Spain: Spanish Parliament Passes Bill Amending Insolvency Act and Public Sector Contracts Act

Last Updated: 5 October 2015
Article by Juan Ferré and Fernando Lillo

On October 1, 2015, the Public Sector Legal Regime Act (Ley 40/2015, 1 de octubre, de Régimen Jurídico del Sector Público) ("PSLR Act") was passed by the Spanish Parliament. As discussed in more detail below, the PSLR Act introduces, among other things, the following reforms to the Spanish Insolvency Act (Ley 22/2003, de 9 de Julio, Concursal) ("SIA") and to the Spanish Public Sector Contracts Act (Real Decreto Legislativo 3/2011, de 14 de noviembre, por el que se aprueba el texto refundido de la Ley de Contratos del Sector Público) ("SPSC Act"):

  • A clarification of the ranking in insolvency proceedings of debts secured by pledges granted over future credit rights;
  • The addition of a provision requiring prior approval by the relevant contracting authority for the granting of pledges over credit rights arising from the liability of the Public Administration due to the termination of public concessions (responsabilidad patrimonial de la Administración or "RPA");
  • Certain amendments to the legal regime applicable to the calculation and payment of RPA; and
  • The creation of a National Evaluation Office (Oficina Nacional de Evaluación) to analyze the financial sustainability of public works and public services concessions before such concessions are awarded.

Reforms to the SIA should resolve uncertainty regarding the interpretation of Article 90.1.6 of the SIA and whether in rem rights of security over future credit rights should be construed as pledges without transfer of possession (which is a more complex and expensive type of security) or ordinary pledges. However, it is still unclear how the reforms will be applied by first instance courts in insolvency proceedings when determining whether the requirement of "contract agreement" or "constituted legal relations" has been satisfied.

Reforms to the SPSC Act (which apply to concessions only prospectively) may represent a simpler solution to failed concessions, avoiding intractable situations, such as the yet-unsolved problem of the bankrupt toll highway concessions built around Madrid.

Amendments to the SIA

The PSLR Act amends Article 90.1.6 of the SIA, which has given rise to uncertainty and intense debate among academics and first and second instance courts regarding the practical application of Article 90.1.6 of the SIA in transactions secured by pledges over future credit rights.

This amendment of the SIA consolidates the jurisprudence of the Spanish Supreme Court in connection with the granting of assignment or pledge agreements over future credit rights (decisions of February 22, 2008 and November 6, 2013).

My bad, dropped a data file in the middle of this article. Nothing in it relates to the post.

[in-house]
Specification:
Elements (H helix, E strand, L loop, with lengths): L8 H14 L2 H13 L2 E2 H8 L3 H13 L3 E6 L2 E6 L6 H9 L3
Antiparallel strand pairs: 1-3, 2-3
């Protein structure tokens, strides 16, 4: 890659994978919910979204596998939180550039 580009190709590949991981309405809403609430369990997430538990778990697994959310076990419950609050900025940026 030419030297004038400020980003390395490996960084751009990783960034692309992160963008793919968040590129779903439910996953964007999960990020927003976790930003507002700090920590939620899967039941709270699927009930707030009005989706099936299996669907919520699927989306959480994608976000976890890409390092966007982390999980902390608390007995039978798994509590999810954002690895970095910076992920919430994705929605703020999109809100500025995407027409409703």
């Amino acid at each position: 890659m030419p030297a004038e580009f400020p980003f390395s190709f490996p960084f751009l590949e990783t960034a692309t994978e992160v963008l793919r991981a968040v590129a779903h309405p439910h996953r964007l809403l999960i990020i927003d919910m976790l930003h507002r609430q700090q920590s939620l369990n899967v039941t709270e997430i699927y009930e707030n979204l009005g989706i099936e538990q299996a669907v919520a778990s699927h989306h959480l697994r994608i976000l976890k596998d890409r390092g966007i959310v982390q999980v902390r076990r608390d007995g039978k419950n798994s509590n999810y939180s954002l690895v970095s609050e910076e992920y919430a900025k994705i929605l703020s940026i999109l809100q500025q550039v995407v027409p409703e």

With the amended language of Article 90.1.6 of the SIA, loans and facilities secured by pledges granted over future credit rights will be deemed to be secured claims with special privileged ranking (créditos con privilegio especial) in a debtor's insolvency proceeding, provided that:

  • The future credit rights derive from contracts perfected, or legal relations constituted, before the commencement of insolvency proceedings. A pledge over RPA would likely comply with this requirement because the future credit rights derive from a concession contract already executed at the time the pledge was granted. Therefore, holders of pledges over RPA will likely be ranked as secured creditors. We note that courts have ruled in several insolvency proceedings involving toll-highway contractors that RPA pledges are not entitled to preferential status. Those decisions have been appealed. We anticipate that the amended wording of Article 90.1.6 SIA (although not applicable to those cases) will nevertheless be relied upon by the appellate courts in granting preferential status to such RPA pledges.
  • The pledge is executed in a public document (i.e., a notarial deed or a notarial policy) or, in the case of pledges without transfer of possession, the security agreement has been registered with the Moveable Assets Registry. As distinguished from ordinary pledges (which are effective vis-à-vis third parties as of their date of execution in a public document), pledges without transfer of possession become effective only as of the date that such pledges are validated by the Registrar of the Moveable Assets Registry, a process that may be time consuming and, potentially, may result in the amendment of the pledge if the Registrar deems it necessary for registration. Because protection is now clearly afforded to ordinary pledges (which do not require red tape and are an unregistered form of security), it would in most cases make little sense to employ pledges without transfer of possession.